The Federal Reserve System was created on December 23, 1913, when President Woodrow Wilson signed the Federal Reserve Act into law. Before the new central bank could begin operations, the Reserve Bank Organization Committee, consisting of Treasury Secretary William McAdoo, Secretary of Agriculture David Houston, and Comptroller of the Currency John Skelton Williams, had the task of building a working institution from the basic framework of the new law. Twelve cities, including St. Louis, were chosen as the locations for the regional Reserve Banks and district lines were drawn. On November 16, 1914, the Reserve Banks opened for business.
Today, the Federal Reserve sets the nation's monetary policy, supervises and regulates banking institutions, maintains the stability of the financial system, and provides financial services to depository institutions, the U.S. government, and foreign official institutions.
Additional photographs and other media documenting the history of the Federal Reserve Bank of St. Louis are available in an archival collection.
In December of 2008, the Federal Reserve Bank of St. Louis launched an online hub of the latest news and developments regarding what would become known as the Financial Crisis of 2007-2009. The site provided a detailed and up-to-date timeline of key events and actions surrounding the crisis. The timeline has been reproduced here for preservation. Additional documents, collections, and supporting resources regarding the Financial Crisis of 2007-2009 can be found in the Financial Crisis of 2007-2009 theme.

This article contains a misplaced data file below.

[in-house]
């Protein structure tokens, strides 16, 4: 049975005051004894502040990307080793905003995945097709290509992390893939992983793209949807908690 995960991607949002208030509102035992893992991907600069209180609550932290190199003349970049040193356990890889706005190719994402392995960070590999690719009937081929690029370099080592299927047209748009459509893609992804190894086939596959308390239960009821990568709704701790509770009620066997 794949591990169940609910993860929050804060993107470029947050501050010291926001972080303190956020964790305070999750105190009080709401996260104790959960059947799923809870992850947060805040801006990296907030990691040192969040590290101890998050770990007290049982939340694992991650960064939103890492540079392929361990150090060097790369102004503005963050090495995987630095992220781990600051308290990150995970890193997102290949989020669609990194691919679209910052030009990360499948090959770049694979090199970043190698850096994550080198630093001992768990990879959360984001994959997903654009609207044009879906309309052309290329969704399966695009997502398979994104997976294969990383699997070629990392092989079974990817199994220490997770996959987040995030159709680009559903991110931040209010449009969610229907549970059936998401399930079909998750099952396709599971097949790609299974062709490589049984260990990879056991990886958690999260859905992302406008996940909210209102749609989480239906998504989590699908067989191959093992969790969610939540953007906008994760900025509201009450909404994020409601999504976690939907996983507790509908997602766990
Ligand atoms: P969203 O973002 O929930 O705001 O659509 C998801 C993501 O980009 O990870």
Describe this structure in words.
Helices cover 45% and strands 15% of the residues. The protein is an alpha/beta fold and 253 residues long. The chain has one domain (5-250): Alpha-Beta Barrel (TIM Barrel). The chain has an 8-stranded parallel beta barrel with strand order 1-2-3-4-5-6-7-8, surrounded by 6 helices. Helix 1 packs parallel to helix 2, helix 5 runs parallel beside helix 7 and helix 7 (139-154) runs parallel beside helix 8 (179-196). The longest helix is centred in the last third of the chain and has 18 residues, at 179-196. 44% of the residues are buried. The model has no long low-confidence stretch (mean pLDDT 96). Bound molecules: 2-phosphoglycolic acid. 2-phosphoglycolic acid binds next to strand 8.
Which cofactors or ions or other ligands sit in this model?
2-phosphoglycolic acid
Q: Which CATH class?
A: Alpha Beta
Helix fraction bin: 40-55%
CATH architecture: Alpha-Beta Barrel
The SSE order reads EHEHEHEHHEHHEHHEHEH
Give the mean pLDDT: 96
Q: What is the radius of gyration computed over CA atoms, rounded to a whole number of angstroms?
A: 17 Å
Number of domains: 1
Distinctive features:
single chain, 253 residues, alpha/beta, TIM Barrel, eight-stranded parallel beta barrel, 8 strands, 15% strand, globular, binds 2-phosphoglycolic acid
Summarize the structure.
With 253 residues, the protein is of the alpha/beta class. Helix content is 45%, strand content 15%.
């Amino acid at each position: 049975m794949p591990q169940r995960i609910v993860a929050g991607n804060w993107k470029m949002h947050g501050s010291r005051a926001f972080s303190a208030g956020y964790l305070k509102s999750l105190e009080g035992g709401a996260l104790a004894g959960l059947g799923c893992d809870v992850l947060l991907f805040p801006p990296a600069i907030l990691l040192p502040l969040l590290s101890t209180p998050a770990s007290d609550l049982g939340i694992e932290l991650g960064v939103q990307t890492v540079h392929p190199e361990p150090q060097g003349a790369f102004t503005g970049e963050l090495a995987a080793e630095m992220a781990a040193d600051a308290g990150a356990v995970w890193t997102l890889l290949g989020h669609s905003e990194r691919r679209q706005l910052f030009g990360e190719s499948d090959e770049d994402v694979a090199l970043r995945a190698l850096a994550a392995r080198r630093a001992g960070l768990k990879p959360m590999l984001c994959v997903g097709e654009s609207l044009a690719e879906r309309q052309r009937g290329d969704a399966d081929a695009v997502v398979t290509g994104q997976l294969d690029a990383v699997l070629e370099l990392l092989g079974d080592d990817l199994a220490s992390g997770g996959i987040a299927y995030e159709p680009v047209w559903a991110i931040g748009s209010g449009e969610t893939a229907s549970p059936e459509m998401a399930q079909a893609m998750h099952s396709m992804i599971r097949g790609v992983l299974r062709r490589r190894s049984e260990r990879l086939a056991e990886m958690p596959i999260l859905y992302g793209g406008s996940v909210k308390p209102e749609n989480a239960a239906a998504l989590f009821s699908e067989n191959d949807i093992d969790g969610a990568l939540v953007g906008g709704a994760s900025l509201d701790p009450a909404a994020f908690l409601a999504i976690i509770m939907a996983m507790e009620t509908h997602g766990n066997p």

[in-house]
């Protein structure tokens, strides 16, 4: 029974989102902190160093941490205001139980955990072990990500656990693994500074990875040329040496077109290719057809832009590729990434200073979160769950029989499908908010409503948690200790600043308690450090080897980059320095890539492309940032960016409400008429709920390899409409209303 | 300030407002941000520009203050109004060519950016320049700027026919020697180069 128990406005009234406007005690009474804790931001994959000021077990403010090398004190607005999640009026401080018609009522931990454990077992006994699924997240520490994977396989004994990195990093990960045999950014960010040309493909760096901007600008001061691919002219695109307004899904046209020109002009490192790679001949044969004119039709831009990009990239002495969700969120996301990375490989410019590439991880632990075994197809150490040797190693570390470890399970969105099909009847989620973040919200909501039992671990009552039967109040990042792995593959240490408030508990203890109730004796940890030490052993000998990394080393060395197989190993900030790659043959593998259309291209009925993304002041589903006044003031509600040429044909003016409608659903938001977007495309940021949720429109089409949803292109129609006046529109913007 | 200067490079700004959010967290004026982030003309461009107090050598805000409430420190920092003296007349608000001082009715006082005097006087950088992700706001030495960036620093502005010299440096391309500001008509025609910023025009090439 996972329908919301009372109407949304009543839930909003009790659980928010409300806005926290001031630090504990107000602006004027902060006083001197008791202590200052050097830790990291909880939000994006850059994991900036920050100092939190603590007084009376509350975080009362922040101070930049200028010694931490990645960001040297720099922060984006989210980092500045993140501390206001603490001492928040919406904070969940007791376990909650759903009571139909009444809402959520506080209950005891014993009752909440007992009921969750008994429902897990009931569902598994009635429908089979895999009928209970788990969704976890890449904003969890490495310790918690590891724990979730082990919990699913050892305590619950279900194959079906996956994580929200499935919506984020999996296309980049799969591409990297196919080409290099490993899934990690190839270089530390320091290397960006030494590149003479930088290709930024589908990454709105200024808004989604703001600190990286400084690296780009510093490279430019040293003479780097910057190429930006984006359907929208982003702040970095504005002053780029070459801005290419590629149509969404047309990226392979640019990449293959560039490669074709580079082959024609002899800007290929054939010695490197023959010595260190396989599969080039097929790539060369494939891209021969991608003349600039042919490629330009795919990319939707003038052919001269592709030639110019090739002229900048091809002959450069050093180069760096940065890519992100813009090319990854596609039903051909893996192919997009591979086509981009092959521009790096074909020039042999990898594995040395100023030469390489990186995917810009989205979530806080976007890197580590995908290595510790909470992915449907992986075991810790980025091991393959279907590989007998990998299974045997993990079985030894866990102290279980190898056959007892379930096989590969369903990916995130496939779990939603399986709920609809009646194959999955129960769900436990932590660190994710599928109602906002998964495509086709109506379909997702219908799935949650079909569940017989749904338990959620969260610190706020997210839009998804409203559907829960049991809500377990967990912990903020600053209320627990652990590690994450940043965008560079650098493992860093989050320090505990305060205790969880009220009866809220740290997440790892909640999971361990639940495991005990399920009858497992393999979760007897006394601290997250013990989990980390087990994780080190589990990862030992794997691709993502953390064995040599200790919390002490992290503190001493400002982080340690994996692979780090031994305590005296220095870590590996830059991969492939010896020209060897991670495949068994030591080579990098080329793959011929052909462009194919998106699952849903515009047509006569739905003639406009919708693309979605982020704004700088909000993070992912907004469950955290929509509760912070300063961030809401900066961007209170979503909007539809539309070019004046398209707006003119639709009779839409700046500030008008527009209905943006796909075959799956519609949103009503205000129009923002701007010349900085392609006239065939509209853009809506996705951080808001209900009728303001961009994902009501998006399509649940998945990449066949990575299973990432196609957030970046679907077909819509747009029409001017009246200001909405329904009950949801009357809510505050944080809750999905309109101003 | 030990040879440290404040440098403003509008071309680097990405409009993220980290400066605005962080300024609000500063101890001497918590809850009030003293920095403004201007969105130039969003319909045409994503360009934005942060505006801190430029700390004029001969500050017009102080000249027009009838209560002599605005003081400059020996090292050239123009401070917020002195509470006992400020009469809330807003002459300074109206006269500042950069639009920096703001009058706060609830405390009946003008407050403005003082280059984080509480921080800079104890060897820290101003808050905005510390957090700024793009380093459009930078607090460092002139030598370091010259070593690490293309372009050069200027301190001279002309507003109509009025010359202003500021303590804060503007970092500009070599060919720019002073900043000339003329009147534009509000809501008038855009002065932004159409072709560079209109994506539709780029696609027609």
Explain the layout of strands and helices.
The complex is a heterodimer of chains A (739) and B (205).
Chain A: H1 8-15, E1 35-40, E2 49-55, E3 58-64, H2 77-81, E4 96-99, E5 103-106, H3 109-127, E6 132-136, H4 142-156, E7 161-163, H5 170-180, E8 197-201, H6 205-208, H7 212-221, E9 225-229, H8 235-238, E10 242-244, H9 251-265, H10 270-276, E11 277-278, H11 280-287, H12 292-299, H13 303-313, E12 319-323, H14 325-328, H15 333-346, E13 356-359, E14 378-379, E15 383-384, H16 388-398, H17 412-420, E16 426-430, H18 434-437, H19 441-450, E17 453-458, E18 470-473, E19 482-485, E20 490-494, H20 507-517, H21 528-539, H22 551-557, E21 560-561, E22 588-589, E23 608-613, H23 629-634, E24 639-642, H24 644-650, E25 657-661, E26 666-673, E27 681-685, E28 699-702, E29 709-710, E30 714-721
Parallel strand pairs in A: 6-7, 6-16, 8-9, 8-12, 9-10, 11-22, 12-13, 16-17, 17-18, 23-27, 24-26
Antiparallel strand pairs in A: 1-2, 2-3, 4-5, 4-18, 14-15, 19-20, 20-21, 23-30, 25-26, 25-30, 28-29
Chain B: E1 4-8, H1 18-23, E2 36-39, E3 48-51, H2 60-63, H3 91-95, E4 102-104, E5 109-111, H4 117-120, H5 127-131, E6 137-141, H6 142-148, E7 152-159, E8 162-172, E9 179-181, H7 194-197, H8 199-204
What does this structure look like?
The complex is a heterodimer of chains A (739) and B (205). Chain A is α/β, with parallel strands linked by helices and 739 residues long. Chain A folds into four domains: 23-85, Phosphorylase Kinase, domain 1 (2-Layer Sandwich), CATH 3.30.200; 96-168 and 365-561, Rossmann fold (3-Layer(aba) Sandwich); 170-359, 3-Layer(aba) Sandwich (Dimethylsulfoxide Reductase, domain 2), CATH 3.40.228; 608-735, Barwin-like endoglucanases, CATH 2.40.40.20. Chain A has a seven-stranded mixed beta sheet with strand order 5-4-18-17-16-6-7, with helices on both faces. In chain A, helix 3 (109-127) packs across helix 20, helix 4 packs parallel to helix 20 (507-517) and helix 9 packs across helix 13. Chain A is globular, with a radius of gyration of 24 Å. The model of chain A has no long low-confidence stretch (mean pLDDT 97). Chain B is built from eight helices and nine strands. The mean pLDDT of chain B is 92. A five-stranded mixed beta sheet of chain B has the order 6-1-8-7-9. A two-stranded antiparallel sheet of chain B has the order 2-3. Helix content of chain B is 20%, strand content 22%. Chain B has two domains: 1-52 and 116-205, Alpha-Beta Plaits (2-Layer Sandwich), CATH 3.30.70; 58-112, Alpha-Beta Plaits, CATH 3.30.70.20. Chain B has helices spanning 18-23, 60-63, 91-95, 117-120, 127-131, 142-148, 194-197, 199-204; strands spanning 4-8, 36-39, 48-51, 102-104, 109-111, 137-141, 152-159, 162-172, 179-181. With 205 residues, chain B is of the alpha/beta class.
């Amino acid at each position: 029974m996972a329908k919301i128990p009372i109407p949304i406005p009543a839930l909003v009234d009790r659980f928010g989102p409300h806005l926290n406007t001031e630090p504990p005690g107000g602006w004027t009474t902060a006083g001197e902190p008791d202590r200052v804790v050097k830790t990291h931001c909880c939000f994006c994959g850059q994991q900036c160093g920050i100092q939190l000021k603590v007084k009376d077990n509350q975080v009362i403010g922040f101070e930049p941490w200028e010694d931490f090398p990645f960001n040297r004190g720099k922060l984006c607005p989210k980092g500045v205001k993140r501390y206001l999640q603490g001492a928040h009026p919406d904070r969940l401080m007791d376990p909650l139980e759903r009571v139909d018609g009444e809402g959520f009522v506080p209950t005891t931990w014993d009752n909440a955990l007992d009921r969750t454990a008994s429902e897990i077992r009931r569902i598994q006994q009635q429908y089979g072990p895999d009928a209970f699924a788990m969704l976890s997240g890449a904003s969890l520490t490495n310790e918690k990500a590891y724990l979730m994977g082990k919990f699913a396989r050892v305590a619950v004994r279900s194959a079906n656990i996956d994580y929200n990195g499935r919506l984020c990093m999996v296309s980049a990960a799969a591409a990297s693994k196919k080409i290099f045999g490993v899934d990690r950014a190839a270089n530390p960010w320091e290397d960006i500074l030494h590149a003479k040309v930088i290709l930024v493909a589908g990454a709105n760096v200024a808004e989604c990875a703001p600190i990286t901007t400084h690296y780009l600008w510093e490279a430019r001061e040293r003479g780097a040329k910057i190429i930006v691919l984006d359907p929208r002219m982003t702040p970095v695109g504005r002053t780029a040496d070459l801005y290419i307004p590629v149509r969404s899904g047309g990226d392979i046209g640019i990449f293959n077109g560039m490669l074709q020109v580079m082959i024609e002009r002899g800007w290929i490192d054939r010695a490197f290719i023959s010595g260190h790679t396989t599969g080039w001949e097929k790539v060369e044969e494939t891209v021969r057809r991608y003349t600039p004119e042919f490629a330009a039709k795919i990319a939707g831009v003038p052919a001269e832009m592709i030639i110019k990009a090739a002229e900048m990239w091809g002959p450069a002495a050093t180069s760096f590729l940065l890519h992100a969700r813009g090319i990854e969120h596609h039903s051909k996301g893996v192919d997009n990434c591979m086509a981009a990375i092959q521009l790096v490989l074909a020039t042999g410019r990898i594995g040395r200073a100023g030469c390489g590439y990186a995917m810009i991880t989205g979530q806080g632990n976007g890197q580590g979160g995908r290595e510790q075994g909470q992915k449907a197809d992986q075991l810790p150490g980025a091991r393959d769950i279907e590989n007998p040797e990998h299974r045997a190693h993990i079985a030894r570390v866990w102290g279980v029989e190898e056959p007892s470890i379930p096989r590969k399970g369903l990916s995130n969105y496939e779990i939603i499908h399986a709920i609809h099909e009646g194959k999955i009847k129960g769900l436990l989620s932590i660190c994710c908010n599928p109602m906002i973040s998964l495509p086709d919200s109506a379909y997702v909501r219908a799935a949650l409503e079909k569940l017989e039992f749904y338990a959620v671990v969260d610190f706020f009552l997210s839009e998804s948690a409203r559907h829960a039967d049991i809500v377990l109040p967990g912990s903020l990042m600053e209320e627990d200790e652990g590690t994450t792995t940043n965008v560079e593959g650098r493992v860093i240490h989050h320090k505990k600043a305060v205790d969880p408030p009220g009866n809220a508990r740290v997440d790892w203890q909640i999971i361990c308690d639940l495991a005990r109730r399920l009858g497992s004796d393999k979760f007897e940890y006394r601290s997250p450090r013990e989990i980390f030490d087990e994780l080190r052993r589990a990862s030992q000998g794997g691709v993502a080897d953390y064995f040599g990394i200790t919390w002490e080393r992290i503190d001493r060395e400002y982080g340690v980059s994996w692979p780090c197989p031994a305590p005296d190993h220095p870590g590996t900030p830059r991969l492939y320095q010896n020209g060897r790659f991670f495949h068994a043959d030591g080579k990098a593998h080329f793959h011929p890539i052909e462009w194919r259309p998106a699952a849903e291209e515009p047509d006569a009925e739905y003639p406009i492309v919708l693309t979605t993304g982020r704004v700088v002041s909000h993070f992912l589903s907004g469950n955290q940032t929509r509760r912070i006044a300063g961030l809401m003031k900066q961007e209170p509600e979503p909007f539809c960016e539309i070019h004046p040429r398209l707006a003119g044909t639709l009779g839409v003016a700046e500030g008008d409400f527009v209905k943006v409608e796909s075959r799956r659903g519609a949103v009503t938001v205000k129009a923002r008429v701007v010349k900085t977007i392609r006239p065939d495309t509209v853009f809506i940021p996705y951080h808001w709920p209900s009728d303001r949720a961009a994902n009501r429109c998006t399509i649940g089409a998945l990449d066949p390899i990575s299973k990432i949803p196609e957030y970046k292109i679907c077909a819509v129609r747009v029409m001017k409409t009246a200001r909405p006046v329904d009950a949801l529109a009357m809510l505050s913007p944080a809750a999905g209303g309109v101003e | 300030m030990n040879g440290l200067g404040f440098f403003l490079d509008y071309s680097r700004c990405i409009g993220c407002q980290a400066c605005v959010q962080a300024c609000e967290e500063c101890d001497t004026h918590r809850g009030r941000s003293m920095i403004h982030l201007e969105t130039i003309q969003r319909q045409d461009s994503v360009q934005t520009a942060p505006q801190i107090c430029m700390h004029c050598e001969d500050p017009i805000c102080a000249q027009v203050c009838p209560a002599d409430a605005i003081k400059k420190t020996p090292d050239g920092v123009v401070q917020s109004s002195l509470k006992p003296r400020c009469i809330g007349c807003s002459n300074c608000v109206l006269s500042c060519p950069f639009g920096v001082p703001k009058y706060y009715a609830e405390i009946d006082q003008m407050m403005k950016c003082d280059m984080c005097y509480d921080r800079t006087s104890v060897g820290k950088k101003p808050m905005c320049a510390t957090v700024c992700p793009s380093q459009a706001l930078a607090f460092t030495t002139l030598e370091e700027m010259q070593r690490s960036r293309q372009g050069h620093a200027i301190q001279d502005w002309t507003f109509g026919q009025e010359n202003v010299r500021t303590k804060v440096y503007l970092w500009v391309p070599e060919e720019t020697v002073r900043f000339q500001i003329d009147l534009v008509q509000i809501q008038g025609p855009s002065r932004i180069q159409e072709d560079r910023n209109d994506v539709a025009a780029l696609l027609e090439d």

The Chair is the active executive officer of the Board of Governors of the Federal Reserve System. Prior to the enactment of the Banking Act of 1935, the Board of Governors of the Federal Reserve System was known as the Federal Reserve Board, the active executive officer of the Federal Reserve Board was known as Governor, and the Secretary of the Treasury held the title of Chairman of the Federal Reserve Board.
In response to the U.S. entry into World War II, the Federal Reserve committed itself to maintaining an interest rate of ⅜ percent on Treasury bills. After the war ended, the Federal Reserve wanted to move off of this interest rate peg.
This timeline provides insight into the events after World War II that led to the 1951 Accord between the U.S. Treasury and the Federal Reserve System. These events outline the Fed's goal to be independent from the Treasury as well as the country's struggle with rising inflation. For more resources and further documentation, explore the FRASER subject Treasury and Federal Reserve Accord, 1951 and articles from the Federal Reserve Bank of Richmond and Allan Sproul at the Federal Reserve Bank of New York.